System redesign toward creating shared value

By Moein Khazaei, Mohammad Ramezani, Amin Padash and Dorien DeTombe

authors_moein-khazaei_mohammad-ramezani_amin-padash_dorien-detombe
1. Moein Khazaei (biography)
2. Mohammad Ramezani (biography)
3. Amin Padash (biography)
4. Dorien DeTombe (biography)

How can services that are provided to citizens be overhauled so that they will survive, be competitive and be fair (eg., accessible to all)? Is there a systematic way in which shared value can be created? By shared value we mean combining social and environmental interests with corporate interests.

We have developed a methodology that we call “System redesign toward creating shared value” or SYRCS. It comprises 4 stages, shown in the figure below. They are:

  1. emancipation and critical thinking
  2. problem structuring
  3. multi-criteria and quantitative decision-making
  4. creating shared value.

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Six ways to see systems leadership

By Benjamin Taylor

benjamin-taylor
Benjamin Taylor (biography)

What do we mean by systems leadership? And how does it relate to systems change?

Ideas about both systems thinking and systems change have become prominent over the last few years, but the terms are often poorly defined and used with a range of meanings.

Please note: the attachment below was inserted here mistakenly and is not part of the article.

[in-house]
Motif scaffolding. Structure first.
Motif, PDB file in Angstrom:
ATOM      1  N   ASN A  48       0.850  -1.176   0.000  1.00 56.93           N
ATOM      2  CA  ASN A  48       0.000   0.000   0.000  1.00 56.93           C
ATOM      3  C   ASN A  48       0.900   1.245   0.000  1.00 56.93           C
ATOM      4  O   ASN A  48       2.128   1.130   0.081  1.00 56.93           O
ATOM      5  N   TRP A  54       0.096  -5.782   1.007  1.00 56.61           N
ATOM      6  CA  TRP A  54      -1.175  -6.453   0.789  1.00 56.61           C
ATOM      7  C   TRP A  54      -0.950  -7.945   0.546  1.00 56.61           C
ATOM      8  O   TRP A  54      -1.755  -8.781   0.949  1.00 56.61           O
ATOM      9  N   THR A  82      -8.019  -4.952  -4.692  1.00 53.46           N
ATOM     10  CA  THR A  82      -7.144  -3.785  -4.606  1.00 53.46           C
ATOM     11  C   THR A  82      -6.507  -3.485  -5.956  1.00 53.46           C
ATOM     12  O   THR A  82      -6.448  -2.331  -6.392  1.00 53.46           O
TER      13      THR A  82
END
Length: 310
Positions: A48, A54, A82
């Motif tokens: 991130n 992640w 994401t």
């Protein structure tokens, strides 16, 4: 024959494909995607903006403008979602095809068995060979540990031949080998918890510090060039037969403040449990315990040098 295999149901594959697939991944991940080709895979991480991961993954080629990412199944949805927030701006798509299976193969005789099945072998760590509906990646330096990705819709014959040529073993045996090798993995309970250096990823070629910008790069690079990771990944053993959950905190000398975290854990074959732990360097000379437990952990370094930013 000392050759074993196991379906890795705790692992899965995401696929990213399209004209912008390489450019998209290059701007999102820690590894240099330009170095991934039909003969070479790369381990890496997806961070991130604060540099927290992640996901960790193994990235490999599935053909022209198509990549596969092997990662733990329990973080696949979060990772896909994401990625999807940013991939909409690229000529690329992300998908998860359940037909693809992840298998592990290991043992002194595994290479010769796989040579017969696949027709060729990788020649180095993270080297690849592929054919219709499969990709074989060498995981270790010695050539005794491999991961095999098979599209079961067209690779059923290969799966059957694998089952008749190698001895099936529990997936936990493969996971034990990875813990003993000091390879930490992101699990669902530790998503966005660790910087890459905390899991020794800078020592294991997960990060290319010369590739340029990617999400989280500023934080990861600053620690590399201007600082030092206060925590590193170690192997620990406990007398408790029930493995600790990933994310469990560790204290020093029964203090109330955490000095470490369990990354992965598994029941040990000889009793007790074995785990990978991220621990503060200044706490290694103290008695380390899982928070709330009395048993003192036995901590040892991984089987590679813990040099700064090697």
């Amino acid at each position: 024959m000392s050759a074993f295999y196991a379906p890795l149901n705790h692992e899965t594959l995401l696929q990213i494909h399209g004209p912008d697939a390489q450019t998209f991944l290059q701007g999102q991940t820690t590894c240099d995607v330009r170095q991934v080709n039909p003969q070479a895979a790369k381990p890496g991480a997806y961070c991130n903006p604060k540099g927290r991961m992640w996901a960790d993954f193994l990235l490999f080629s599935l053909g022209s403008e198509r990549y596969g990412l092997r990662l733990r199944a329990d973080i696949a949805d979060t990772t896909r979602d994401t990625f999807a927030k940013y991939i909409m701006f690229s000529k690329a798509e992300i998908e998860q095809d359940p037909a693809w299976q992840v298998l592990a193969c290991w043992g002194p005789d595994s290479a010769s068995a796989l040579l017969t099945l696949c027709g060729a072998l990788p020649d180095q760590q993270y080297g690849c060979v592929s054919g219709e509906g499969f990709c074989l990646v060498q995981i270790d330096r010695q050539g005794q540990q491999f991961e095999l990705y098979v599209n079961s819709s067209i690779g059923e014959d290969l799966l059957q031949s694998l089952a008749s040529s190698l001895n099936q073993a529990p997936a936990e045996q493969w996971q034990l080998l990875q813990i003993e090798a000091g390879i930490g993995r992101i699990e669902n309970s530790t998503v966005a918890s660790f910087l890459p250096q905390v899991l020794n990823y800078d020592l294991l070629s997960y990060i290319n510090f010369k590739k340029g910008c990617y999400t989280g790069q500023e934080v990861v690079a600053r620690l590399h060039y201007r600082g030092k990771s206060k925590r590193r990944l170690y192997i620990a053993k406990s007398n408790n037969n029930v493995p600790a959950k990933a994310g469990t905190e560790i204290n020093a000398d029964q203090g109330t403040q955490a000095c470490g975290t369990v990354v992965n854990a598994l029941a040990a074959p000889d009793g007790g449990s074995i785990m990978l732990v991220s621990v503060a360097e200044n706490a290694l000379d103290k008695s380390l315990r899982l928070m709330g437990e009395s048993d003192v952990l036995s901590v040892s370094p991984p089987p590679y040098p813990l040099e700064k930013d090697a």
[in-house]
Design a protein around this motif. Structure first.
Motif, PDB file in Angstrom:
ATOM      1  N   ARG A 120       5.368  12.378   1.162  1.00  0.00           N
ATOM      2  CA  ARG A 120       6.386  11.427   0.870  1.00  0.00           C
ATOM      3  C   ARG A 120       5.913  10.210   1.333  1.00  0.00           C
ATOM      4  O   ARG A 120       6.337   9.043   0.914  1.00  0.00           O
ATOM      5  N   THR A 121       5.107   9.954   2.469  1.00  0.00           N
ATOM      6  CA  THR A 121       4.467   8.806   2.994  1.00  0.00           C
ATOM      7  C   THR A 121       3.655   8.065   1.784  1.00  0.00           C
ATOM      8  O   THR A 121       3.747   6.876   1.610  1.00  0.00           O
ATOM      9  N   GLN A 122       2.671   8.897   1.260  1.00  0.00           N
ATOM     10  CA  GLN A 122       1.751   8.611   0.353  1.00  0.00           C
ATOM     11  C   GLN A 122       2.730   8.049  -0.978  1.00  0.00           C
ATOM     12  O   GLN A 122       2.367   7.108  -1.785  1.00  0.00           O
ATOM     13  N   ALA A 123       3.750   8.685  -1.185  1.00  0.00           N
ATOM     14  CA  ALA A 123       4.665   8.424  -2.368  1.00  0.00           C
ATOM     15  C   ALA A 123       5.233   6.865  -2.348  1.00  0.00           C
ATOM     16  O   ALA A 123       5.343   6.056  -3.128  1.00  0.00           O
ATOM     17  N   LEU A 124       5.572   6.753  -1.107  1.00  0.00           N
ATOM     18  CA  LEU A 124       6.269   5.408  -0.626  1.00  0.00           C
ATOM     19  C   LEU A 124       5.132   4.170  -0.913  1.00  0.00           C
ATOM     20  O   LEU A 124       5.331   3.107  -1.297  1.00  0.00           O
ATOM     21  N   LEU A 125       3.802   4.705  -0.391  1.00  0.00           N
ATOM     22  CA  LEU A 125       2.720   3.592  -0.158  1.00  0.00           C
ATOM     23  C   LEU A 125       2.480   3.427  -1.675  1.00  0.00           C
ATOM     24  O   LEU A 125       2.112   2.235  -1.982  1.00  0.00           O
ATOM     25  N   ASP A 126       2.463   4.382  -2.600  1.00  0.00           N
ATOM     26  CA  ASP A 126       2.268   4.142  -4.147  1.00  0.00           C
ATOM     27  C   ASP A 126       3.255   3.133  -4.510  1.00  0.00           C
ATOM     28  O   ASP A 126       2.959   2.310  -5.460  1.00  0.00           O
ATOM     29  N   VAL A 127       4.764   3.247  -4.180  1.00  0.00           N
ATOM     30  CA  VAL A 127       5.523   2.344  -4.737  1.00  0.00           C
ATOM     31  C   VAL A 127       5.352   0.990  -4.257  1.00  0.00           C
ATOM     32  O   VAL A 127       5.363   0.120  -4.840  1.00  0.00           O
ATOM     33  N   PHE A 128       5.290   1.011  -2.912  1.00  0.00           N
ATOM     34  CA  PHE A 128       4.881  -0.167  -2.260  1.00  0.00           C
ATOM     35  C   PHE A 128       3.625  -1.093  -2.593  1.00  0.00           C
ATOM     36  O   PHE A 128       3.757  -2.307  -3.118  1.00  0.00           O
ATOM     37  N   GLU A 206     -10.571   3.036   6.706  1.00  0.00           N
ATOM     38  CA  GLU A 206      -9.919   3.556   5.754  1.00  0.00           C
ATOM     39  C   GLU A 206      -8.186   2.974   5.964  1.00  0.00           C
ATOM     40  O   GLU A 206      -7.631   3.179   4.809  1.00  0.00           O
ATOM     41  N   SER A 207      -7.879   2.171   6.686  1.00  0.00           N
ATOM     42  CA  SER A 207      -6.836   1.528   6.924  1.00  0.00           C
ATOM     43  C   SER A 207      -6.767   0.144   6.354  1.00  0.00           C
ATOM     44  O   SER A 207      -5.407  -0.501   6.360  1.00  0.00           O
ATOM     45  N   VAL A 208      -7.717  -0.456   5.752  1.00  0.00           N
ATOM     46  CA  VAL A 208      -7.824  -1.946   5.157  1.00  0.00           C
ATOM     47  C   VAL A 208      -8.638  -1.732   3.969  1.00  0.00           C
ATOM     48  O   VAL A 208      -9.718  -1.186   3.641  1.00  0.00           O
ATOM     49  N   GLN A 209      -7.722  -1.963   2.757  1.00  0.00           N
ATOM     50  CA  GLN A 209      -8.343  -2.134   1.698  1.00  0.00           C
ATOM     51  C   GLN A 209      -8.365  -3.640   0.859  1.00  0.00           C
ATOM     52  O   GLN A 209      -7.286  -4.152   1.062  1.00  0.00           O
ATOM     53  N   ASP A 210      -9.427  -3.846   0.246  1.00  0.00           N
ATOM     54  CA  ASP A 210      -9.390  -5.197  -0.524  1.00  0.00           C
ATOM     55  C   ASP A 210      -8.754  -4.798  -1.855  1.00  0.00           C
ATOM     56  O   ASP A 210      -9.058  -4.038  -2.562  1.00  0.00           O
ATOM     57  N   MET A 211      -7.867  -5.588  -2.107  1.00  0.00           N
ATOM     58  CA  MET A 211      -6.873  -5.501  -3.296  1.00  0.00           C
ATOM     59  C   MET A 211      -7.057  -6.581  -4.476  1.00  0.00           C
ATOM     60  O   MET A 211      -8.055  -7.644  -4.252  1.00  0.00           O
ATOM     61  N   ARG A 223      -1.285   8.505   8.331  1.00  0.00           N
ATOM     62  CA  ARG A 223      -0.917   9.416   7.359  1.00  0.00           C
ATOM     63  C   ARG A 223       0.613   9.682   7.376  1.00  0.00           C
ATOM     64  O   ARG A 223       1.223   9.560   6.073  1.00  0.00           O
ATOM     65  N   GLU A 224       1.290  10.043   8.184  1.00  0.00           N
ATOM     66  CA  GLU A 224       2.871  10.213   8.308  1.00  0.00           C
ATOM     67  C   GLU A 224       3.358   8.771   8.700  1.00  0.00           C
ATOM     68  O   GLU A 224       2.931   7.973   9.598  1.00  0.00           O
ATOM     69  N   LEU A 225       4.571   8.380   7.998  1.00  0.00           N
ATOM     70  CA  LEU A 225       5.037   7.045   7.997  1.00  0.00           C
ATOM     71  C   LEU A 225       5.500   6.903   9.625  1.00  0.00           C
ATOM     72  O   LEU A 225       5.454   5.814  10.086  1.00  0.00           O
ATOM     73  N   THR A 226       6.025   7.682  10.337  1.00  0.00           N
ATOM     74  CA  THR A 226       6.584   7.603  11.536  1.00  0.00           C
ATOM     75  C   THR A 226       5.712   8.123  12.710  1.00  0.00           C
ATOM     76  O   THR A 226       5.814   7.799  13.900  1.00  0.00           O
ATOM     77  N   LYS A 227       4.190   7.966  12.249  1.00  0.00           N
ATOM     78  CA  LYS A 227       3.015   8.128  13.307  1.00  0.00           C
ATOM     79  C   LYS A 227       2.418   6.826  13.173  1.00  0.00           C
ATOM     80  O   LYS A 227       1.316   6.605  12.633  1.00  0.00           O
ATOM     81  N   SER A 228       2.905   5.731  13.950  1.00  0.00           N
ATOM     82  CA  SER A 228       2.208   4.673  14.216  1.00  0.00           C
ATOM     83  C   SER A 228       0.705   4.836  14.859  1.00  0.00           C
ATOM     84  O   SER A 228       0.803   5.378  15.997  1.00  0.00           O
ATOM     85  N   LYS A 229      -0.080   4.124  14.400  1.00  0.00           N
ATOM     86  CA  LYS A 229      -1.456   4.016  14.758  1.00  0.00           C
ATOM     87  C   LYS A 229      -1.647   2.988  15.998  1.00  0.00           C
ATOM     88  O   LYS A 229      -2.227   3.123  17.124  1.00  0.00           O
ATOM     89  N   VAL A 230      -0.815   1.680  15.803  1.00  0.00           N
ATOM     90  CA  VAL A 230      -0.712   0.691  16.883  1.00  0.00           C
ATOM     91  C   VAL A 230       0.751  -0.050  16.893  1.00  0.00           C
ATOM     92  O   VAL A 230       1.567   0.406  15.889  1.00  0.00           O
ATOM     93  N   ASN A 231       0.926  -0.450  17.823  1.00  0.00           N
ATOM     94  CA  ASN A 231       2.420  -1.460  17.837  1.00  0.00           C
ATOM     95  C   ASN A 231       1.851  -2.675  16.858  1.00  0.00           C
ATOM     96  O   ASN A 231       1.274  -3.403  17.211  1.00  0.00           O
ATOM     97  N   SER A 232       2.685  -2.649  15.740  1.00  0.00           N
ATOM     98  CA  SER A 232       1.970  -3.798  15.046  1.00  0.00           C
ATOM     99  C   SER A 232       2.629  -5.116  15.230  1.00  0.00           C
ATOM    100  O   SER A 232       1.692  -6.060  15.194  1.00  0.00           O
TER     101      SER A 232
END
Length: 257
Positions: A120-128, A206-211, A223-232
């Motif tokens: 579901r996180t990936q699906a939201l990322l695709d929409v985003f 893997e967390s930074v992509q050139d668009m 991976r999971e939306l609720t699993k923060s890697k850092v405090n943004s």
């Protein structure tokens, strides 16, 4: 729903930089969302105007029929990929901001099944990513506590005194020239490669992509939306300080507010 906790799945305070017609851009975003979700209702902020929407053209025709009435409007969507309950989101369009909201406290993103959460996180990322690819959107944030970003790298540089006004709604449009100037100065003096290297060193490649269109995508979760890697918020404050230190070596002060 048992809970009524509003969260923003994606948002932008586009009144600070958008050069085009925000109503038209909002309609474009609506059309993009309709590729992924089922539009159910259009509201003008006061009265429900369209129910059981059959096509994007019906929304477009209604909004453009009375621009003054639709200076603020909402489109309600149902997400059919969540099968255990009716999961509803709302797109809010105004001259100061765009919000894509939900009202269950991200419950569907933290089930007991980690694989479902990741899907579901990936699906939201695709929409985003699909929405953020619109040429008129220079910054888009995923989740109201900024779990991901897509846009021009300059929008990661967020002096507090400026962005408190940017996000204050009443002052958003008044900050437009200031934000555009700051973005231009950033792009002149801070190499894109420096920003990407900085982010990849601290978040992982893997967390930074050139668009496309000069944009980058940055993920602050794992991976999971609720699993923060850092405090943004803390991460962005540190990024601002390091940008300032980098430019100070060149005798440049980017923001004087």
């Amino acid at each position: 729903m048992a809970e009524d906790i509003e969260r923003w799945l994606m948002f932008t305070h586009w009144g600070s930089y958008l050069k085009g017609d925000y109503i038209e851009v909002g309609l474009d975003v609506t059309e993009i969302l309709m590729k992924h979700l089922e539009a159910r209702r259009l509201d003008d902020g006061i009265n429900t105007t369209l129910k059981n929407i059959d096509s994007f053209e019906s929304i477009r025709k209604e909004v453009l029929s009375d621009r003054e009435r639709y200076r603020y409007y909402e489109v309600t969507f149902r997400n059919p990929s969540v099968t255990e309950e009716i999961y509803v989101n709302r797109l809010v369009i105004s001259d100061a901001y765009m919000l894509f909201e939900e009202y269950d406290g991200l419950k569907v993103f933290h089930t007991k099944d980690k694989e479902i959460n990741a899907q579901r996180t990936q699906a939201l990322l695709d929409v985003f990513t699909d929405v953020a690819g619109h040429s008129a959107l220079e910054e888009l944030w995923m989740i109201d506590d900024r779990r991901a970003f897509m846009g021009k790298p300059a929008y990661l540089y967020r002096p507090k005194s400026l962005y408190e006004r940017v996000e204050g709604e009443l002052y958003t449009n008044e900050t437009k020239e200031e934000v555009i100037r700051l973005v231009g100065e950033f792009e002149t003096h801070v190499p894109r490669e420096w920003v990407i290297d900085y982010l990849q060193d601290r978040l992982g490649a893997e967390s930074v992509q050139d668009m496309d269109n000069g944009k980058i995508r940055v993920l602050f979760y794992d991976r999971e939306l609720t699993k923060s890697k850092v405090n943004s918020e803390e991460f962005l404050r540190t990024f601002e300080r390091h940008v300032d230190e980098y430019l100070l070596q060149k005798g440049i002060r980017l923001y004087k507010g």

I suggest that there are broadly six types or flavours of systems leadership, all of which have key implications for systems change. And, of course, they can overlap.

1. Systems leadership as a form of better leadership

This is inclusive, mobilising, and systems aware leadership.

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Why awareness raising campaigns cannot fix structural problems

author_pei-shan-loo
Pei Shan Loo (biography)

By Pei Shan Loo

Why are awareness raising campaigns popular? Why can’t they fix structural problems? And how can system dynamics help?

Large amounts of funding for health, societal, environmental and other complex problems are channelled into “awareness raising” to build public recognition of the problem in the hope that understanding will lead to change and a lasting solution.

Why awareness raising campaigns are popular

There are at least four reasons why funding is spent on awareness raising campaigns:

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How systems thinking enhances systems leadership

By Catherine Hobbs and Gerald Midgley

authors_catherine-hobbs_gerald-midgley
1. Catherine Hobbs (biography)
2. Gerald Midgley (biography)